In Asia’s buoyant sparkling wine market, there is plenty of room for old world champagnes to co exist harmoniously with new world bubbly, toasts Rebecca Lo.
Champagne has historically been associated with celebrating, whether it is a birthday, a deal hard won, or a very special event. It is a beverage that appeals due to its lower alcoholic content compared to other wines or spirits. For generations of people that grew up with fizzy drinks, champagne epitomises the summit of sparkle. Yet as true champagne featuring grapes grown, harvested and produced in the region of Champagne in France is gaining in popularity here, so are other types of sparkling wines from new and old world producers.
In 2016, VINEXPO released its IWSR research anticipating a 44 percent increase in global sparkling wine volume sales, from 1.53 million cases that year to nearly 2.2 million cases by 2020. Much of the surge is happening in Asia’s emerging markets; Stuart Barclay of Wine Australia predicts that by 2020, mainland China alone will be popping 26 million bottles. “Asia still is a significant luxury market when it comes to wine and spirits,” acknowledges Hong Kong based Debra Meiburg, Master of Wine and founder of Meiburg Wine Media. “The Asian market has two characteristics ripe for champagne: a strong brand focus and a penchant for French wines. Of the traditional labels, Veuve Clicquot is very strong in the Hong Kong market, as is Krug, Moët & Chandon, Dom Perignon, G.H. Mumm, Piper Heidsieck and Perrier-Jouët. We are seeing experimentation by the big houses, with millennial focused products like Moët’s Ice Imperial and similar products by Veuve.”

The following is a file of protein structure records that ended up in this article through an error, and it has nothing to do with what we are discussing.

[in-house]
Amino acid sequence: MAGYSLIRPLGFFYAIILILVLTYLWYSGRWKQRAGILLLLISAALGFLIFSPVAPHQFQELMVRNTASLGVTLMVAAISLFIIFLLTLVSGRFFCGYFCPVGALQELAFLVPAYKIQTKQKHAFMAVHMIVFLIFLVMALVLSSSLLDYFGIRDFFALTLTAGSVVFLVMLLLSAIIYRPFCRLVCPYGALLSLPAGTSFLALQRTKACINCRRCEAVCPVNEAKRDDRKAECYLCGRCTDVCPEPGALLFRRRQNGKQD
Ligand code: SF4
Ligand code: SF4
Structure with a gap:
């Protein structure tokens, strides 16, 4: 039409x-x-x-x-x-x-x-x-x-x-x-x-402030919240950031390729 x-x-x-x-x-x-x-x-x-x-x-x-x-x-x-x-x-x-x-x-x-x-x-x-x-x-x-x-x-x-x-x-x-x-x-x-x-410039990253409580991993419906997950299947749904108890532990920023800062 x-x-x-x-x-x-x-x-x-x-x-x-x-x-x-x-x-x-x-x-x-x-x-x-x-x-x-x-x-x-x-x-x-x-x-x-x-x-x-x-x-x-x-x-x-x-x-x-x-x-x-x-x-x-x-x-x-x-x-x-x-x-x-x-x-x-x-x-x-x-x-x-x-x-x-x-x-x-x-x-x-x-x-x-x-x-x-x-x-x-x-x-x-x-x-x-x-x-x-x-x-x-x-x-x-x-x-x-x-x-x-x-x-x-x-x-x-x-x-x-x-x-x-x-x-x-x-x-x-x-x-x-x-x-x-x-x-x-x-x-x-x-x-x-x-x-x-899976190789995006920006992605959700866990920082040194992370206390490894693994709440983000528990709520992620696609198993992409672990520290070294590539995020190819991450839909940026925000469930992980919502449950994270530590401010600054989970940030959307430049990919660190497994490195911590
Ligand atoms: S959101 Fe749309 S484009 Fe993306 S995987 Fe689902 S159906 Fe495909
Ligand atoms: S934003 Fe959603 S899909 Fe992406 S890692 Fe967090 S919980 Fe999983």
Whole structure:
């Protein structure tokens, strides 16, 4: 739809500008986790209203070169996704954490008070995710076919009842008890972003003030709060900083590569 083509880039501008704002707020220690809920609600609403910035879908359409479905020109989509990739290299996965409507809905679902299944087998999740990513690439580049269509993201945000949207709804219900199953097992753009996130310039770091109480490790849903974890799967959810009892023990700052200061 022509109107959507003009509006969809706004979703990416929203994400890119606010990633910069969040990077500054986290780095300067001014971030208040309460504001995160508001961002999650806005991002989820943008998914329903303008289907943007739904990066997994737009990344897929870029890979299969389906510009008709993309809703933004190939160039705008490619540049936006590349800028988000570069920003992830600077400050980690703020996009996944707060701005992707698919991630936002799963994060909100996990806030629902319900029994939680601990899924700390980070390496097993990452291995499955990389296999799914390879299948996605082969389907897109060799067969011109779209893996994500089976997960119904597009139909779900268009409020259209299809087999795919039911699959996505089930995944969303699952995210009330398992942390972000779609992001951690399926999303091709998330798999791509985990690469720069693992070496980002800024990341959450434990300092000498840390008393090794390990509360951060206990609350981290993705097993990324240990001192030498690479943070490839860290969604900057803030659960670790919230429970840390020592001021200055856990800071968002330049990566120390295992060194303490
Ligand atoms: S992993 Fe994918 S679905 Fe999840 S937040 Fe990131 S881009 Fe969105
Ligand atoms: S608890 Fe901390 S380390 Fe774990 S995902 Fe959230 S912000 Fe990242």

One of the brands gaining traction across Asia is Perrier-Jouët. With a lounge unveiled this past year at Paradise City Hotel & Casino near Incheon, South Korea, Perrier-Jouët provides an immersive experience for its products. Its parent company, Pernod Ricard, has an established reputation for quality cognac and champagne, and the brand has long been a favourite in Japan. “The most obvious translation of this attachment is the emblem of the house: the floral arabesque composed of white Japanese anemones,” notes Frantz Hotton, managing director of Pernod Ricard Hong Kong and Macau. “As one of France’s most historic champagne houses, we aim to maintain our legacy—our heritage linked to nature and Art Nouveau. Perrier-Jouët’s view is to above all add beauty to everyday life.”
The first and currently only Chinese Master Sommelier, Hong Kong based Yang Lu oversees all wine purchases for Shangri-La Hotels & Resorts’ 100 global properties in his role as corporate group director of wine. Part of his duties includes overseeing sommeliers such as Bruce Li, lead sommelier with Shangri-La China World Summit Wing in Beijing. Situated within the China World Trade Center complex, it is a popular hotel for convention delegates and high ranking politicians in the Chinese capital.
“Champagne sales account for more than 20 per cent of total wine sales at China World Summit Wing on a monthly basis,” observes Li. “Wine sales are usually higher during Christmas and new year holidays. Some of our regular guests at the hotel’s signature Atmosphere and The Lounge only drink champagne; this is based on preference rather than price. Prosecco or Franciacorta would be the second choice if their favourite champagne is not available. With our fine collection of wines, the distinguished tradition of bartending is rejuvenated by exciting live musical entertainment. In addition to the venue, staff training and pricing strategy also matter to champagne sales. I provide wine training for the hotel’s 17 other sommeliers every afternoon, and welcome the chance to share wine knowledge, service skills, and market trends during the training.”